and gamma are all non-negative weights and they sum to 1. So, it's an
affine combination of the coordinates A, B and C. These are known as
barycentric coordinates of the point P.
Given these barycentric coordinates, I want to check if the ray lies
inside the triangle, so I have my hypothesis for the point P, which is
where the ray intersects the plane, and I'm going to find alpha, beta
and gamma to say P lies inside the triangle.
Subtracting A from here, and noting that A can also be written as
alpha A + beta A + gamma A, because alpha + beta + gamma = 1, we get
the expression shown here. And just to see the algebra, so I have P -
A here, and on this side, what I do is I subtract - (alpha * A) -
(beta * A) - (gamma * A).
The alpha * A term of course cancels. What we are left with is beta *
(B - A), gamma * (C - A). And that's exactly the terms here.
So we can solve the system of simultaneous equations. Remember that
there are 3 coordinates X, Y, Z in which these equations have to hold,
but one of the cases becomes degenerate, because we are operating in a
plane.
Nevertheless we can solve for beta and gamma and then we just check if
you have beta and gamma both lying in the 0 to 1 range. And alpha = 1
- beta - gamma must also lie in 0 to 1 and that condition is that beta
+ gamma < 1. So alpha also lies between 0 and 1. If this is true, the
point is in the triangle. Otherwise it's not.
Just want to say a brief word about other primitives although it is
not required for the assignment. Some of you may be interested in
exploring different types of primitives. And so there are well defined
intersection test for cones, cylinders, ellipsoids, boxes, especially
bounding boxes and general planar polygons. And it was one of the most
active topics in the early days of ray tracing.
Next, I want to show you a slide on ray-scene intersection, just to
make this explicit. At the top level, we have the intersection call
for ray and scene.
And I define the minimum distance, the minimum distance to the
intersection, which is what the intersection actually is, starts out
at infinity, and I haven't hit any objects. Then what I do is loop for
each object in the scene. t is the intersection of the ray with that
object, so t is the distance of the ray to that object.
If t > 0, that's a positive distance for intersection. And most
importantly, t < mindist. So if the current intersection is less than
the previous intersection, or less than infinity, if there was no
previous intersection, then I simply set mindist to t, and set the
hitobject to the object. Now, when I go back in the loop for the next
object, I'll again check if it's less than the previously closest
intersection.
Finally, I have an intersection given by mindist and hitobject. And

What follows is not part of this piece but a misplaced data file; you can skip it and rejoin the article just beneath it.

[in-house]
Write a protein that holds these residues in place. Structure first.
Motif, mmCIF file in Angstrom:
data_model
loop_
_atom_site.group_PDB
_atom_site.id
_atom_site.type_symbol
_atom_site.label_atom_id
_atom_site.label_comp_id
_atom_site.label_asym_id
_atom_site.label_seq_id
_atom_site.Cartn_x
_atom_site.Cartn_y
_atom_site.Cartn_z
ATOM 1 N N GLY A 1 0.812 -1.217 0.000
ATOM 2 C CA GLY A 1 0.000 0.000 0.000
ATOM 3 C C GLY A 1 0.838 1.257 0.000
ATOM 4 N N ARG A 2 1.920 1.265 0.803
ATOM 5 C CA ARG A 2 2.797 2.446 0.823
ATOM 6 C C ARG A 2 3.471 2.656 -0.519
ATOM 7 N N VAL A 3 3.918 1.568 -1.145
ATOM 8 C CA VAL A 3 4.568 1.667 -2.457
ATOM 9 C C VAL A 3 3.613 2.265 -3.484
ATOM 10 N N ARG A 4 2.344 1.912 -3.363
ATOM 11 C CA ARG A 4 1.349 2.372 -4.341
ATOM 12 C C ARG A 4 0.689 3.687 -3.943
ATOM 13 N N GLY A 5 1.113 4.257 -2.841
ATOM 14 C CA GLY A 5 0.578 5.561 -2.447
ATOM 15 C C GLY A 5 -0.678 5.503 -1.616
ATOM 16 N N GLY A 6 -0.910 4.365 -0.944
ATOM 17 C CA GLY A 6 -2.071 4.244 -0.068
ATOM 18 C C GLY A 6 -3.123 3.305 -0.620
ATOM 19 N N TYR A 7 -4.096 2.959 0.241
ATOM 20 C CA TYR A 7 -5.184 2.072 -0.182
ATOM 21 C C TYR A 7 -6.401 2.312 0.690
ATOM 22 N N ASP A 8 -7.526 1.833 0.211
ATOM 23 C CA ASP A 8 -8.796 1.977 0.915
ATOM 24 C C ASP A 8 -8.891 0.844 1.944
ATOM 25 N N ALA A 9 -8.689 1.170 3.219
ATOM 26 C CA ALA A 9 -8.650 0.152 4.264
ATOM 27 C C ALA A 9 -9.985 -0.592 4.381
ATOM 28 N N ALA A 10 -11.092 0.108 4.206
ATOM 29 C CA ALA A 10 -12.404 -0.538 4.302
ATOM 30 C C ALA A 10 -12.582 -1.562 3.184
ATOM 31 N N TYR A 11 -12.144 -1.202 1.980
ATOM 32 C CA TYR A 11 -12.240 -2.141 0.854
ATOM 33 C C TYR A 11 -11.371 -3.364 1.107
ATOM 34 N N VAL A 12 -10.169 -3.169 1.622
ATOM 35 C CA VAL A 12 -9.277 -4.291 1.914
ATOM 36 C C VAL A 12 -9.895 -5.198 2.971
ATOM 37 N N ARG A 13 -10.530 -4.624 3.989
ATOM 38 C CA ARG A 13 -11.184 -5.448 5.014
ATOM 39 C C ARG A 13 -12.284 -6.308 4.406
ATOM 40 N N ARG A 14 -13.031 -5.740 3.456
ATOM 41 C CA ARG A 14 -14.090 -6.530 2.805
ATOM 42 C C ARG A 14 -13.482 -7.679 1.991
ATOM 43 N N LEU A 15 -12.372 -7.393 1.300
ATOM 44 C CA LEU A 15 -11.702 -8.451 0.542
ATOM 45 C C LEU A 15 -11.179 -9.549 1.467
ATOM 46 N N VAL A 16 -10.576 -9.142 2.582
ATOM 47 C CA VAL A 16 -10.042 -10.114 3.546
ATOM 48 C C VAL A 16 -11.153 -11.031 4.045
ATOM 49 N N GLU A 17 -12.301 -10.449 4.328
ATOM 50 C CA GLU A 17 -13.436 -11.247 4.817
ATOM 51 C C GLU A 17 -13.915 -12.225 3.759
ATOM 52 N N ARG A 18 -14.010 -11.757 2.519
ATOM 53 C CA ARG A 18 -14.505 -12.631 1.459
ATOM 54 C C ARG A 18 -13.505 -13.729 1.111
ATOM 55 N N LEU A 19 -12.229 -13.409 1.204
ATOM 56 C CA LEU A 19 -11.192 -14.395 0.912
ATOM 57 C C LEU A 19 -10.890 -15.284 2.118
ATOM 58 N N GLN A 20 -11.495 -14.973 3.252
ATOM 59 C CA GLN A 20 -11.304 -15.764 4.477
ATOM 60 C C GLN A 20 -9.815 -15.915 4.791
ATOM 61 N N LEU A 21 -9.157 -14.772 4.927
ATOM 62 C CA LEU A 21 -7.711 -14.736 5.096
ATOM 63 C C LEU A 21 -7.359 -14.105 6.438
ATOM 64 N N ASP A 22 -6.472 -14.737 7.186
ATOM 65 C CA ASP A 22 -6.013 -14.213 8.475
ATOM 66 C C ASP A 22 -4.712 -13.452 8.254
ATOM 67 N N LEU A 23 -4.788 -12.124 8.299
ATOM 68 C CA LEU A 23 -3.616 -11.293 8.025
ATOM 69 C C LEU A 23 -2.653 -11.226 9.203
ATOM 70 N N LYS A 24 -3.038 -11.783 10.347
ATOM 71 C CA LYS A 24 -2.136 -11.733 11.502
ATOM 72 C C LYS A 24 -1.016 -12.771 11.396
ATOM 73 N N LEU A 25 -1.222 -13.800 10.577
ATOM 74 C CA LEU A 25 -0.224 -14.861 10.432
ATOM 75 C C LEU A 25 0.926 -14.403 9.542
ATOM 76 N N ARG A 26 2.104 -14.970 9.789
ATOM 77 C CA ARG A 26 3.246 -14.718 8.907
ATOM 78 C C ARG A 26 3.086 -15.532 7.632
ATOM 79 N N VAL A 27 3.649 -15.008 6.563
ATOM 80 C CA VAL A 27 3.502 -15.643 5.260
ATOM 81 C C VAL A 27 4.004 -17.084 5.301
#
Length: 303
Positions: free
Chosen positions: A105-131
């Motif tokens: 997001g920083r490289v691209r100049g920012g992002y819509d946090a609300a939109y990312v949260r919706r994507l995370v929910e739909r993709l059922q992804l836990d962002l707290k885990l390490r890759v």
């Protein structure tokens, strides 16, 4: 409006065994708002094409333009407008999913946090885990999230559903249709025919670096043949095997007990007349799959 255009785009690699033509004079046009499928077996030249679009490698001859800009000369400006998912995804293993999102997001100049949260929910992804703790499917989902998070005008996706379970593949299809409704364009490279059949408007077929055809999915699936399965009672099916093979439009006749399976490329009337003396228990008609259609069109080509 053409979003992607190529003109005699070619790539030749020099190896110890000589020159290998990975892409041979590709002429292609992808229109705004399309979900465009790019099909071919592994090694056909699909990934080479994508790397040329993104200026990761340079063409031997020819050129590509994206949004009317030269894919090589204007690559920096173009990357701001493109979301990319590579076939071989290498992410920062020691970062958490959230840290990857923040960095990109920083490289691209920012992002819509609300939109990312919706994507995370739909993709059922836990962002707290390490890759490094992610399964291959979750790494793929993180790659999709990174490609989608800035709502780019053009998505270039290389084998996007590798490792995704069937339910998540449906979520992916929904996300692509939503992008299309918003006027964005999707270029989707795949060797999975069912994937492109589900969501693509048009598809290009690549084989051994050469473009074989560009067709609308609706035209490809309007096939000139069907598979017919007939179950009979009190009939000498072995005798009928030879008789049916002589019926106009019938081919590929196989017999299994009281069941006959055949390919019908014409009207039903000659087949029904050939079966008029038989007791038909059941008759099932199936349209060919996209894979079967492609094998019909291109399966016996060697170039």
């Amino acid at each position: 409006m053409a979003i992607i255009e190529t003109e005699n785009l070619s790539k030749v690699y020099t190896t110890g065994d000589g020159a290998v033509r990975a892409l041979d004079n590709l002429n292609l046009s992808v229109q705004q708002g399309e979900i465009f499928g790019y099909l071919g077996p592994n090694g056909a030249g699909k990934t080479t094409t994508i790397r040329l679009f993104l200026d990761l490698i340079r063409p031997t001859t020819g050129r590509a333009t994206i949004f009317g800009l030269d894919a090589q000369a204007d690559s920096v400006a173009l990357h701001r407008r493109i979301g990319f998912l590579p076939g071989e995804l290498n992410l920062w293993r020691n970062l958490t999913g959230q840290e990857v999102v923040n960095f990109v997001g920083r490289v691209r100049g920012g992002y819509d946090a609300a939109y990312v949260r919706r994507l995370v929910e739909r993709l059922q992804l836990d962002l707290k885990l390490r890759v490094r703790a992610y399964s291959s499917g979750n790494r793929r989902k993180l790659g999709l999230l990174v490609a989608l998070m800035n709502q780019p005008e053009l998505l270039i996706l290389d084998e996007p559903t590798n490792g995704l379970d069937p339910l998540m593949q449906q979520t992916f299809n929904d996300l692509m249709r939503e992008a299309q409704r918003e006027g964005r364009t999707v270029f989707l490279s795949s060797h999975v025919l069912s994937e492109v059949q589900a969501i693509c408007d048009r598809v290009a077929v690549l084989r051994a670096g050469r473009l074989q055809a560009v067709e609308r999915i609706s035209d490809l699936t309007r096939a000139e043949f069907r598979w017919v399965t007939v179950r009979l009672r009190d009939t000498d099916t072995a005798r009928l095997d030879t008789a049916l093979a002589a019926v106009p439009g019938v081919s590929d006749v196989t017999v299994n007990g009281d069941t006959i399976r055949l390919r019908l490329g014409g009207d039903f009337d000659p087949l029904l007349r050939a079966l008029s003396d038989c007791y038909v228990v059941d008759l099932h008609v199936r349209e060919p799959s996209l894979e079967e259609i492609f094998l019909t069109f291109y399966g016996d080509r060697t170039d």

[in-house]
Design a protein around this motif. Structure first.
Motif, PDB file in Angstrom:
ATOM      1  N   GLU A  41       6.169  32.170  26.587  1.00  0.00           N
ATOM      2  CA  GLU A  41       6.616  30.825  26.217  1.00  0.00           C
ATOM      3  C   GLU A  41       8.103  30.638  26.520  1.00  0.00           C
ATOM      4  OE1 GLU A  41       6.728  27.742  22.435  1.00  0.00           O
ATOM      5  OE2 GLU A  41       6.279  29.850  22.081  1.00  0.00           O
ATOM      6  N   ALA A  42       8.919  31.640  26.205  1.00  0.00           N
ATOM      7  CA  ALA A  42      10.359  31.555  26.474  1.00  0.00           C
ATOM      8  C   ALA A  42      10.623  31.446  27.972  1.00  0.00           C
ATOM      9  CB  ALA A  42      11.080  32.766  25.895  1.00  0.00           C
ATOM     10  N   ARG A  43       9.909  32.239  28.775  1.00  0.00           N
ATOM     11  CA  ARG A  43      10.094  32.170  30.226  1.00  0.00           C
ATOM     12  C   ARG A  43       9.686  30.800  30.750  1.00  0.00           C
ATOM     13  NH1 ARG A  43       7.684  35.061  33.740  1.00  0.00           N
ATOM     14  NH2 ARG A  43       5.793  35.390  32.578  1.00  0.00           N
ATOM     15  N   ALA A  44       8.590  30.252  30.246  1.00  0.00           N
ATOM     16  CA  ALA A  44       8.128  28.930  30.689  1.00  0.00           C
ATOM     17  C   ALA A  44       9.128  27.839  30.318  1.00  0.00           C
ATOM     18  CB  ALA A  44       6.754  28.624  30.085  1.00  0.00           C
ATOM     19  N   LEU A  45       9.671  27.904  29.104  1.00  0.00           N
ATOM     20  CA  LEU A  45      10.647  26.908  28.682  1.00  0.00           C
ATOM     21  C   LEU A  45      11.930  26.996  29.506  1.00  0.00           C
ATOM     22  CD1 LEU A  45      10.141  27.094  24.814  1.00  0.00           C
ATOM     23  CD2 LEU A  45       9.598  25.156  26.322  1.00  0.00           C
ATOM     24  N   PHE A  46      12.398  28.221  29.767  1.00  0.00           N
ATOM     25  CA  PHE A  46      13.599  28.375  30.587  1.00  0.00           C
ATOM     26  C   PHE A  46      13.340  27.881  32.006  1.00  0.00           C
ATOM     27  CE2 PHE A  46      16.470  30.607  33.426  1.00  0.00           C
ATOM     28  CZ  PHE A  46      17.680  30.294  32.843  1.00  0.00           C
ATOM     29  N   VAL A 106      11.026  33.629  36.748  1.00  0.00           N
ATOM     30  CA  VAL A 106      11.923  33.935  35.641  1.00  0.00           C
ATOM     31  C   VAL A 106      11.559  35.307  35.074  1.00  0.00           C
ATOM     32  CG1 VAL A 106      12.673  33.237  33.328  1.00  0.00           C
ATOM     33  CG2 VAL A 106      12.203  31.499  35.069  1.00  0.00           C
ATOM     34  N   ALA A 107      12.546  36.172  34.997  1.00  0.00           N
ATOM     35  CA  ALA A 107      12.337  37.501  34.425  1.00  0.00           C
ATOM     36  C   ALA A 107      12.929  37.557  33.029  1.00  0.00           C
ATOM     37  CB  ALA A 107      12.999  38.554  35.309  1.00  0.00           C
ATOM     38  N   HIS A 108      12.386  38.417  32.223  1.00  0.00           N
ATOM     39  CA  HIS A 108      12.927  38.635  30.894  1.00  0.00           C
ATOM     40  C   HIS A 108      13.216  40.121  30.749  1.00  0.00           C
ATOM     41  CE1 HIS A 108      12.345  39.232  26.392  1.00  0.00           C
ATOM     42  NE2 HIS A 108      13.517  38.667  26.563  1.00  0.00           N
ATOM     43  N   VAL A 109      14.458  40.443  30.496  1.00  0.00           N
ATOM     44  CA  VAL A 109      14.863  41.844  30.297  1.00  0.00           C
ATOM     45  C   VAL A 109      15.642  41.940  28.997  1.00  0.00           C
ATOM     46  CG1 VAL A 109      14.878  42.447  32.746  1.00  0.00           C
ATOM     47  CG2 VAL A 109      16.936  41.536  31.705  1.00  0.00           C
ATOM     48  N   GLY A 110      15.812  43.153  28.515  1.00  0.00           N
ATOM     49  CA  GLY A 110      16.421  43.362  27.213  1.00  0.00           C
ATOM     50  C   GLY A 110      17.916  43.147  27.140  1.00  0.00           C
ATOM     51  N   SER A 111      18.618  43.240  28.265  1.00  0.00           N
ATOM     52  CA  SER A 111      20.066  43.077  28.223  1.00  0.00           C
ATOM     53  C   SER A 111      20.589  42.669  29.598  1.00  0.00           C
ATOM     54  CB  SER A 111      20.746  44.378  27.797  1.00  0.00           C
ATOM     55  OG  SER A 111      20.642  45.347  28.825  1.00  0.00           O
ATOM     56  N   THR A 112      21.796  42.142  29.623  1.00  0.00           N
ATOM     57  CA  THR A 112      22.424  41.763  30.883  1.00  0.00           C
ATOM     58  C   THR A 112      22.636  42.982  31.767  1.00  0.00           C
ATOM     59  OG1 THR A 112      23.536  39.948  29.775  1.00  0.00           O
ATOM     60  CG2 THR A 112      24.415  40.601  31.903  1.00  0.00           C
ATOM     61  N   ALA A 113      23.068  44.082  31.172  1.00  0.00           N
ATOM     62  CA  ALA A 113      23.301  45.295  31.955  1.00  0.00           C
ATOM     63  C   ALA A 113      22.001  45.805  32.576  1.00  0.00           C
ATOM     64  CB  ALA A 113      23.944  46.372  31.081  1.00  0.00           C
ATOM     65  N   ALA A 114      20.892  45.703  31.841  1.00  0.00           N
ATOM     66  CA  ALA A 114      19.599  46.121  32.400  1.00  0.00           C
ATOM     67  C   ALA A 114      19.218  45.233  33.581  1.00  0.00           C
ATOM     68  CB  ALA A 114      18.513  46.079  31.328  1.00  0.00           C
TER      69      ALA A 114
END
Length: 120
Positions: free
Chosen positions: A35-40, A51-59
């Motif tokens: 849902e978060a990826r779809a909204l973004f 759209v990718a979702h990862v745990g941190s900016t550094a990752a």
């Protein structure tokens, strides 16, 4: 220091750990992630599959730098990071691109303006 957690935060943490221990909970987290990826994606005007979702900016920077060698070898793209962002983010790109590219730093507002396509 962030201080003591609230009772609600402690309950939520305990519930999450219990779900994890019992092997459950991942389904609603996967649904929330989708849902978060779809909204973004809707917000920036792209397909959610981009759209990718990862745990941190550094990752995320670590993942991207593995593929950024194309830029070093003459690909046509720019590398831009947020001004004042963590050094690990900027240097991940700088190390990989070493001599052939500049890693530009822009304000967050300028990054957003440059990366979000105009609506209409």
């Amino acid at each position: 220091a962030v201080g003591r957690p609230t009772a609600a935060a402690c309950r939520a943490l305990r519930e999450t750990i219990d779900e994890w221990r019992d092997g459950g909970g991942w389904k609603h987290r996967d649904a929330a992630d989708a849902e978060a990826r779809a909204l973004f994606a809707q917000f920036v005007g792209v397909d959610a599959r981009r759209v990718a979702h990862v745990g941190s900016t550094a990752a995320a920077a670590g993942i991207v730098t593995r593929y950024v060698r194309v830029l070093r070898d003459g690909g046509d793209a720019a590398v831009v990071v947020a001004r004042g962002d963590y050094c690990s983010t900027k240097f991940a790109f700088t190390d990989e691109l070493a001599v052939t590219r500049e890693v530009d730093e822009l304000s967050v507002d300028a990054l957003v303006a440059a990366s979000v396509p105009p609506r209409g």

that structure maintains things like the normals, the texture
coordinates. And this may already have been computed when I have the
intersection at t. So this is essentially how you do ray-scene
intersection. It's very important to have this loop and see which
object has the minimum intersection distance.
The next topic we're going to study briefly is ray tracing transformed
objects. Here we have an optimized ray-sphere test, for example. But
now we want to trace against an ellipsoid. This is something that you
will actually consider in homework 3.
Of course you could define a new ray-ellipsoid intersection routine,
but that may be inefficient, because your ray-sphere routine is
optimized. Instead what you do is apply the inverse transform to the
ray, then use ray-sphere. And this also helps with instantiation, when
you have a number of cars in the traffic jam, you just have to use the
same object with different transforms. Or you have spheres,
ellipsoids, other shapes that can be achieved by a transform. You
don't need to have a separate ray-ellipse intersection routine.
Of course, there is nothing that's specific about spheres and
ellipsoids. I've just used that example because a transform of a
triangle still leaves it a triangle, but the sphere actually changes
shapes. However, the general idea is the same.
You consider a general 4x4 transform matrix M, which can be
implemented using matrix stacks much the same way you did it in
homework 2. You apply the inverse transform M^(-1) to the
ray. Remember that the ray consists of two parts, the origin and the
direction. The inverse transform must be applied to both parts. The
origin is a location which is stored in homogeneous coordinates, and
you can nicely apply the inverse transform. The direction is a vector,
which means that the homogeneous coordinate is 0. And that is very
important. Don't miss that.
If the homogeneous coordinate is zero, the main activity is that
translations will not act on the vector, and in fact if you translate
the location of a ray only the origin changes; the direction does
not. So that's the correct behavior.
You do the standard ray-surface intersection, and then finally you
have to transform the intersection back to the actual coordinates. The
intersection point p that you computed in this transformed space, now
you apply Mp. So first you apply an inverse to the ray, do the
intersection and then to the point, you apply Mp. And normals you
know, transform differently, so you use M inverse transpose * n. We
talked about that in normal transforms. Once you've found the point
and normal in both coordinates, you can do your standard lighting
calculation.